Heat Shield for NASA's Next Mars Mission Breaks During Testing

Mars Science Lab art
Artist's concept of the Mars Science Laboratory entry into the Martian atmosphere. (Image credit: NASA/JPL-Caltech)

The heat shield for NASA's next Mars spacecraft just cracked open. Luckily, engineers found this out during testing here on Earth, long before the Mars 2020 rover mission leaves for the Red Planet in search of habitable environments there.

In preparation for landing, both the rover and the craft's landing gear will be encapsulated in a protective material — a heat shield — to keep them safe during the scalding trip through the Martian atmosphere. 

Engineers discovered the fracture on April 12, after a week of structural testing at Lockheed Martin. The crack was unexpected, but NASA's Jet Propulsion Laboratory – which manages the mission development – said the mission should still lift off in 2020, as anticipated. [Interstellar Space Travel: 7 Futuristic Spacecraft to Explore the Cosmos]

The damage happened after the heat shield was subjected to forces up to 20 percent greater than what the Mars 2020 rover should encounter when it plows through Mars' atmosphere, just before landing. Engineers often test space equipment to the extreme to make sure that the devices will work under normal conditions.

"The fracture … occurred near the shield's outer edge and spans the circumference of the component," JPL said in a statement. Personnel are working "to understand the cause of the fracture and determine whether any design changes need to be incorporated into a replacement," JPL added. A replacement heat shield will be constructed, but NASA told NPR that it doesn't have an estimated cost yet. For now, scientists will repair the cracked heat shield for more prelaunch testing.

The cracked heat shield was first tested a decade ago, back in 2008. It was originally constructed as a backup shield for the successful Mars Curiosity rover. Curiosity landed on Mars in August 2012 and is now partway up a big mountain near its landing site in Gale Crater.

No cause found yet

The heat shield is made of phenolic-impregnated carbon ablator (PICA), which is a lightweight, composite material. (Mission managers try to save weight on spacecraft, since lighter spacecraft require less rocket fuel to lift the mass off Earth.) NASA also successfully flew a PICA shield on the Stardust mission, which returned samples of a comet to Earth in 2006. 

Inspired by the long history of NASA's success with PICA, SpaceX created its own PICA variant for the Dragon cargo spacecraft. Dragon regularly ferries supplies to and from the International Space Station, with no major heat-shield problems so far. SpaceX is also building a version of Dragon to carry humans; the company should start test flights for it in the next year or so.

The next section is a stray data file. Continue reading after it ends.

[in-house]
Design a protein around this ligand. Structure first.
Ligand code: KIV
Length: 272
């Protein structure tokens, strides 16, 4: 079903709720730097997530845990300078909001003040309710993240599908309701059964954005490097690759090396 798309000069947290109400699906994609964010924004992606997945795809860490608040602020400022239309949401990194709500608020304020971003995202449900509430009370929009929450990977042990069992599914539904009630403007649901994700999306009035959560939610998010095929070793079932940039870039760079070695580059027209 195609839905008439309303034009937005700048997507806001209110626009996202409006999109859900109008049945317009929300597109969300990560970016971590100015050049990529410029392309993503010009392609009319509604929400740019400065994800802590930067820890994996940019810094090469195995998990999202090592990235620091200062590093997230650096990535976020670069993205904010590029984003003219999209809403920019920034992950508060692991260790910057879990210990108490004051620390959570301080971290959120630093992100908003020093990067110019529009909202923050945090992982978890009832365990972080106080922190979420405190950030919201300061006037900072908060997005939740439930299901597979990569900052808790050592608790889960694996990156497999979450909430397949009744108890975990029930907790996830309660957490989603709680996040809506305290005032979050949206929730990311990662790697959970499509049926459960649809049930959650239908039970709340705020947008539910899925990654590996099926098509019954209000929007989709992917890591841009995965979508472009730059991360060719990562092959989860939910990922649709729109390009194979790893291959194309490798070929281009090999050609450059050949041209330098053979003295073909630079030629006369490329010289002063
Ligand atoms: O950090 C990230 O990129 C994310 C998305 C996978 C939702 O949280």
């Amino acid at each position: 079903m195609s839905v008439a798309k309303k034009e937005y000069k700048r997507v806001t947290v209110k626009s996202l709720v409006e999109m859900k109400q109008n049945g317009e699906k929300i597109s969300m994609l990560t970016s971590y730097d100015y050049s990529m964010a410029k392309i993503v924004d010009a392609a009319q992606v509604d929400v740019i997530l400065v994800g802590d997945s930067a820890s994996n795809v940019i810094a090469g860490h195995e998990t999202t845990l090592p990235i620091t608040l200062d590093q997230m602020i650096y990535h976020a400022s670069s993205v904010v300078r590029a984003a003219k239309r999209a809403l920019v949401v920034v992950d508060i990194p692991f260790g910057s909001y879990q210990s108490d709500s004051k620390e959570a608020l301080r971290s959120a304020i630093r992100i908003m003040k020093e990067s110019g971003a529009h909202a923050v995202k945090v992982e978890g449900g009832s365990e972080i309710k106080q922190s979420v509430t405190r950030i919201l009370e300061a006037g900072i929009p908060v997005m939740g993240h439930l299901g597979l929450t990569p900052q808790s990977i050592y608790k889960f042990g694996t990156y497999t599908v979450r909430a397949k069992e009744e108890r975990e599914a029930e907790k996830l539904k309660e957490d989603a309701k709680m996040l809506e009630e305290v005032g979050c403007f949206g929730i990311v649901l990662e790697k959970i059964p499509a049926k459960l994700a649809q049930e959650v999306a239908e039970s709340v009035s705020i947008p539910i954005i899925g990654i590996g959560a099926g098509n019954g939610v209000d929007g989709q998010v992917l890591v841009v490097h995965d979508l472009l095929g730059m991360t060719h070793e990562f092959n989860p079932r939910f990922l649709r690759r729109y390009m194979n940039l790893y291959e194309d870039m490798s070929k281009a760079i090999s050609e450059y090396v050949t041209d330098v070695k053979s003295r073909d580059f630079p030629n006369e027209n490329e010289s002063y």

While PICA heat shields are well-tested in spaceflight, a 2013 study in the Journal of Spacecraft and Rockets notes that it is weak, structurally speaking. 

In the study, NASA researchers performed fracture tests on charred PICA, "virgin" (unused) PICA and a precursor material called FiberForm. They were interested in figuring out the heat-shield failure on a micro scale. The precursor material was, indeed, weaker than the virgin and charred PICA. The researchers also found that the presence of a "porous matrix" in the PICA materials helps to absorb fracture energy, they wrote.

No cause is yet known for the Mars 2020 heat-shield crack. JPL struck a note of reassurance in its statement: "While the fracture was unexpected, it represents why spaceflight hardware is tested in advance so that design changes or fixes can be implemented prior to launch." 

But the Mars 2020 setback also shows how hard it is to explore Mars. Many spacecraft have been lost there over the years, most recently in 2016, with the European Space Agency's ExoMars Schiaparelli test lander

NASA's InSight lander was originally supposed to launch in 2016, but that liftoff got delayed until May 5, 2018 (if it launches on time). Mission managers found a leak in one of the main instruments for the mission, the Seismic Experiment for Interior Structure. 

Mars and Earth only align favorably for spacecraft launches every two years, when the planets are close enough for a spacecraft to fly to Mars without using a lot of fuel. So NASA made the choice to wait until the next Mars launch window in 2018.

Originally published on Live Science.

Elizabeth Howell
Live Science Contributor
Elizabeth Howell is a regular contributor to Live Science and Space.com, along with several other science publications. She is one of a handful of Canadian reporters who specializes in space reporting. Elizabeth has a Bachelor of Journalism, Science Concentration at Carleton University (Canada) and an M.Sc. Space Studies (distance) at the University of North Dakota. Elizabeth became a full-time freelancer after earning her M.Sc. in 2012. She reported on three space shuttle launches in person and once spent two weeks in an isolated Utah facility pretending to be a Martian.